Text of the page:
Cloud computing may arguably be the biggest computing advance in the 21st century. And for good reason: thanks to the cloud, a good amount of the staggering computing power that's coming online is available to just about everyone.
But like all good things, the cloud is often the subject of hype and its advantages can be oversold.
When it comes to cloud myths, here are five of the biggest that, when treated as absolute truth, can be very harmful.
The cloud makes everything easier.
Thanks to cloud hosting providers like Amazon, companies can fire up servers on demand with a few keystrokes (or none at all). That might give the impression that hosting applications in the cloud is easier, but the cloud creates its own set of challenges. For instance, security is an area for concern, and the cloud has a number of performance characteristics that savvy companies will want to take into consideration before deploying their applications.
The cloud is most cost-effective.
Many companies have been led to believe that the cloud is a center for cost savings. To be sure, it can be. If you're a fast-growing startup, for instance, not having to buy a bunch of servers can significantly reduce your CAPEX needs.
But paying as you grow in the cloud doesn't mean that the cloud is more cost-effective in the final analysis. For many small businesses which realistically won't see their infrastructure needs shoot up overnight, a handful of dedicated servers will provide far more bang for the buck than cloud servers. And for larger businesses, there can be advantages to hosting applications outside of the cloud as well.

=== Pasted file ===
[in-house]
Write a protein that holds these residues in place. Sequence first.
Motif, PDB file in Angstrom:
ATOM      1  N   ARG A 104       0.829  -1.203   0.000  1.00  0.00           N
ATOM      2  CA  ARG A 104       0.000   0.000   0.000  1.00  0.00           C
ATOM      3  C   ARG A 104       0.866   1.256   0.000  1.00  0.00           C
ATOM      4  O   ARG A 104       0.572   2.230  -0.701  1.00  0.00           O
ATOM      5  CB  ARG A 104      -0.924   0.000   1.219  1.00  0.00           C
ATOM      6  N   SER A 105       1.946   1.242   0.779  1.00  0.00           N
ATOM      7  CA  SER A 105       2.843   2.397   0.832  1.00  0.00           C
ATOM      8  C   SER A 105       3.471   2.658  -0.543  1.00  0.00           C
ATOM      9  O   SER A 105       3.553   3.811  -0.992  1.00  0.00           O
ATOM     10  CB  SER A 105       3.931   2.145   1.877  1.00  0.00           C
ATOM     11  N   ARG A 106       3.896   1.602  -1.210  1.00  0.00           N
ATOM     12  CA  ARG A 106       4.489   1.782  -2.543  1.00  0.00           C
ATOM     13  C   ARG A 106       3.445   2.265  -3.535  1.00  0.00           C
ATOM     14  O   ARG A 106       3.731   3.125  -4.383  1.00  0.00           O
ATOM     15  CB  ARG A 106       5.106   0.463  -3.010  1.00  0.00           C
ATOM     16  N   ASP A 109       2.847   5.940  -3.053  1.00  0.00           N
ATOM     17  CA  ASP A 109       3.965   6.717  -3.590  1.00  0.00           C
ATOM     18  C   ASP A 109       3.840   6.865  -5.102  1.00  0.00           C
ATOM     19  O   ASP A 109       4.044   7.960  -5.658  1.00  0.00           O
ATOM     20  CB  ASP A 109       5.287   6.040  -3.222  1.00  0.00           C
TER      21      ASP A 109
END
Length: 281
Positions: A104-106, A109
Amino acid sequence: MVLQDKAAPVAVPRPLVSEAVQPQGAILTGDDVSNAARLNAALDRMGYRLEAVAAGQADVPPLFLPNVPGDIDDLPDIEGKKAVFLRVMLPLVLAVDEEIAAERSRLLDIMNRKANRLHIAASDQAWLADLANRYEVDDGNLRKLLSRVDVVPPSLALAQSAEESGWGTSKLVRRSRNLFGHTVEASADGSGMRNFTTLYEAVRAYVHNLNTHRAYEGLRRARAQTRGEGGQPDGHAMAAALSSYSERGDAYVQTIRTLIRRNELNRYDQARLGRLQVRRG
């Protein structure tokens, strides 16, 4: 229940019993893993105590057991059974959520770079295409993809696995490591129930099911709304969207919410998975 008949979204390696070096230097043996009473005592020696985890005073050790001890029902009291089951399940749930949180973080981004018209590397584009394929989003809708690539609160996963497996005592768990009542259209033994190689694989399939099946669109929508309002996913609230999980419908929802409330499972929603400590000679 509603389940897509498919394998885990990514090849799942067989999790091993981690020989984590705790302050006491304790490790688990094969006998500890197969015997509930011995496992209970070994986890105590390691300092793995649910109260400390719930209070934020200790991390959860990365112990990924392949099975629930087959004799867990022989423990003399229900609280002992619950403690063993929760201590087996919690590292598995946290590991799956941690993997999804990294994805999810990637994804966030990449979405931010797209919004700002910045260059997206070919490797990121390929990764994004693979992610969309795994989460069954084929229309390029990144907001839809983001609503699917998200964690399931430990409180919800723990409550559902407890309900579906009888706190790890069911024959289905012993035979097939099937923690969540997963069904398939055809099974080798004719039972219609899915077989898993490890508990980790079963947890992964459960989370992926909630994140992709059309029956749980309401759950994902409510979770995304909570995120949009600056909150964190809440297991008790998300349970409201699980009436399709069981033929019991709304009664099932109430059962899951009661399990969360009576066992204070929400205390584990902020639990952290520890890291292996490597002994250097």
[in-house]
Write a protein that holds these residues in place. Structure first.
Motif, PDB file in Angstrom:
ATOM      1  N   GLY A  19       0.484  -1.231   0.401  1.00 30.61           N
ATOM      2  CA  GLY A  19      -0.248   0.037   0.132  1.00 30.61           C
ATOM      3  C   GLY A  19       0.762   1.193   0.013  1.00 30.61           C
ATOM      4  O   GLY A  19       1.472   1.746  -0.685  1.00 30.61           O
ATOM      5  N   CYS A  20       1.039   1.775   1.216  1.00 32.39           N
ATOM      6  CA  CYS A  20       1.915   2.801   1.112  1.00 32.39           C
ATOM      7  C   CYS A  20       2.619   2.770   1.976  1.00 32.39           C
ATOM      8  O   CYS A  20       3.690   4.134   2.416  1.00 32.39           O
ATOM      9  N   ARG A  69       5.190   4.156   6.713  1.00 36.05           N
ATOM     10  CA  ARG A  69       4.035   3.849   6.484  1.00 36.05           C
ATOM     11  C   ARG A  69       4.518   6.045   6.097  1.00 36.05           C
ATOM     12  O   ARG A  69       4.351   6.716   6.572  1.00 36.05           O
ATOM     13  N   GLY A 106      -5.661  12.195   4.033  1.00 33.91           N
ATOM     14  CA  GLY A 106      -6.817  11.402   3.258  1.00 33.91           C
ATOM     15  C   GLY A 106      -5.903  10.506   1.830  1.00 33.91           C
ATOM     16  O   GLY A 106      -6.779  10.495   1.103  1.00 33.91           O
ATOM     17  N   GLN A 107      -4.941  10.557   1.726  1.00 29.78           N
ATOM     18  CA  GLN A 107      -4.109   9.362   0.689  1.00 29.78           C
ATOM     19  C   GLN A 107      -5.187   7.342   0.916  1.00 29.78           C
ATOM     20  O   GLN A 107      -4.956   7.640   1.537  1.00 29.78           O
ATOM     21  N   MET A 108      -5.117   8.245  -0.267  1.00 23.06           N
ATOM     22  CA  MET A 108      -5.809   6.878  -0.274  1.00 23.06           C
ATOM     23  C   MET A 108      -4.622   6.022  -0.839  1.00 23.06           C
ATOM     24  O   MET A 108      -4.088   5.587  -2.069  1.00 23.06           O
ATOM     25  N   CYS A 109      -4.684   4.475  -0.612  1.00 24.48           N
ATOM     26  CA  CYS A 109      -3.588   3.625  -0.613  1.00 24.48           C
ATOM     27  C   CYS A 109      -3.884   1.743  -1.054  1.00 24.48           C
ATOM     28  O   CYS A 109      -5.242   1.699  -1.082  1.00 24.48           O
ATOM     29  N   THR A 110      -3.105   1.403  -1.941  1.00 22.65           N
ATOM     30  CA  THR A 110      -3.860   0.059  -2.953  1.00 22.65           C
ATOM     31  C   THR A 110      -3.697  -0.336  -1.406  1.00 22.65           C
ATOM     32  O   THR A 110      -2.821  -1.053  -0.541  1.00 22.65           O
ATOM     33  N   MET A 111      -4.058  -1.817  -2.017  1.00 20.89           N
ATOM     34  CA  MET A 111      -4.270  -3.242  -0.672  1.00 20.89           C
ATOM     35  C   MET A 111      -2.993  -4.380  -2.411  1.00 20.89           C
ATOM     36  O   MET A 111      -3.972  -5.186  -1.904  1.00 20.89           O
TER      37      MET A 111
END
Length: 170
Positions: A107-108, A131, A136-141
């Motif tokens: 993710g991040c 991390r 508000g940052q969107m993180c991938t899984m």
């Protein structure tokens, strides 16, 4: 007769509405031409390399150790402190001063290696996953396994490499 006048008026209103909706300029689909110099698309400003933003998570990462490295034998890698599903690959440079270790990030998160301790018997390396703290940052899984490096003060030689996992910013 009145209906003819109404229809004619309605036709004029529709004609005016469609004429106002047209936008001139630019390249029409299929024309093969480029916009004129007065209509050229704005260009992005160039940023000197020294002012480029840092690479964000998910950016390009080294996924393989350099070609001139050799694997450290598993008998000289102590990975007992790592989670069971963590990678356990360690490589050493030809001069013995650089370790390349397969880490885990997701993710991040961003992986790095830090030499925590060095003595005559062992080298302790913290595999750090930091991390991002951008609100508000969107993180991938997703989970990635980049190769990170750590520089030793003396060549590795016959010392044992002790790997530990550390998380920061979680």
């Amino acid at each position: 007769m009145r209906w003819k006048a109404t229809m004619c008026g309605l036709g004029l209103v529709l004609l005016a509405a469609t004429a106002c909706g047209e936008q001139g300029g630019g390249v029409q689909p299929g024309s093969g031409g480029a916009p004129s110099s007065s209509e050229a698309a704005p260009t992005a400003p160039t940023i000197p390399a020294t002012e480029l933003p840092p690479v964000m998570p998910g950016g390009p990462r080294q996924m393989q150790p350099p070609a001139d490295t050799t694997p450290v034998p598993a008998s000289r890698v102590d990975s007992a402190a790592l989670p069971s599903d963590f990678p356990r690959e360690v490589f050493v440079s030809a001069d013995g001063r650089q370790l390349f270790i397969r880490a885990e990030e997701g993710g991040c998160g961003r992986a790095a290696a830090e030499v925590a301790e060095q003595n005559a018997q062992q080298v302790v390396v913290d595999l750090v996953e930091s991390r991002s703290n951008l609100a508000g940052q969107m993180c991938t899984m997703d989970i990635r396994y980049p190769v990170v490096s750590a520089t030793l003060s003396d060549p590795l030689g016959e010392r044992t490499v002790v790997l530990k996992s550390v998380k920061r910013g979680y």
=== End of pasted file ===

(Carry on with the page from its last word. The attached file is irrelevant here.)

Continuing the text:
Zynga provides an interesting case study of the latter. The social gaming giant starts games in a public cloud when it doesn't know what they'll need resource wise and then moves them into a dedicated environment (which it calls zCloud) once it has a better idea of how many resources they need.
The cloud handles scaling.
The word "scaling" comes up a lot in discussions of the cloud and for good reason: having the ability to rapidly provision new infrastructure quickly can help a company scale its web applications more when the need arises.
But 'help' is the operative word. Having for all effective purposes unlimited access to infrastructure is great, but that doesn't mean that your applications are instantly and infinitely scalable. The biggest challenges to application scalability are typically related to application architecture -- something the cloud doesn't solve.
The system administrator is obsolete.
Just because you don't have physical hardware sitting in an owned datacentre and your developers can programmatically provision infrastructure doesn't mean that you don't need a good system administrator. The cloud may change some of the responsibilities of the system administrator, but make no mistake about it: in most cases, a great developer does not a good sysadmin make. In other words, rumors of the death of your system administrator are wildly exaggerated.
The cloud is the future.
The cloud is a big part of the future (and the present), but it isn't the end all and be all of computing. The cloud may eventually become the technology toolbox's equivalent of the hammer, but organizations should remember that not every computing challenge is a nail.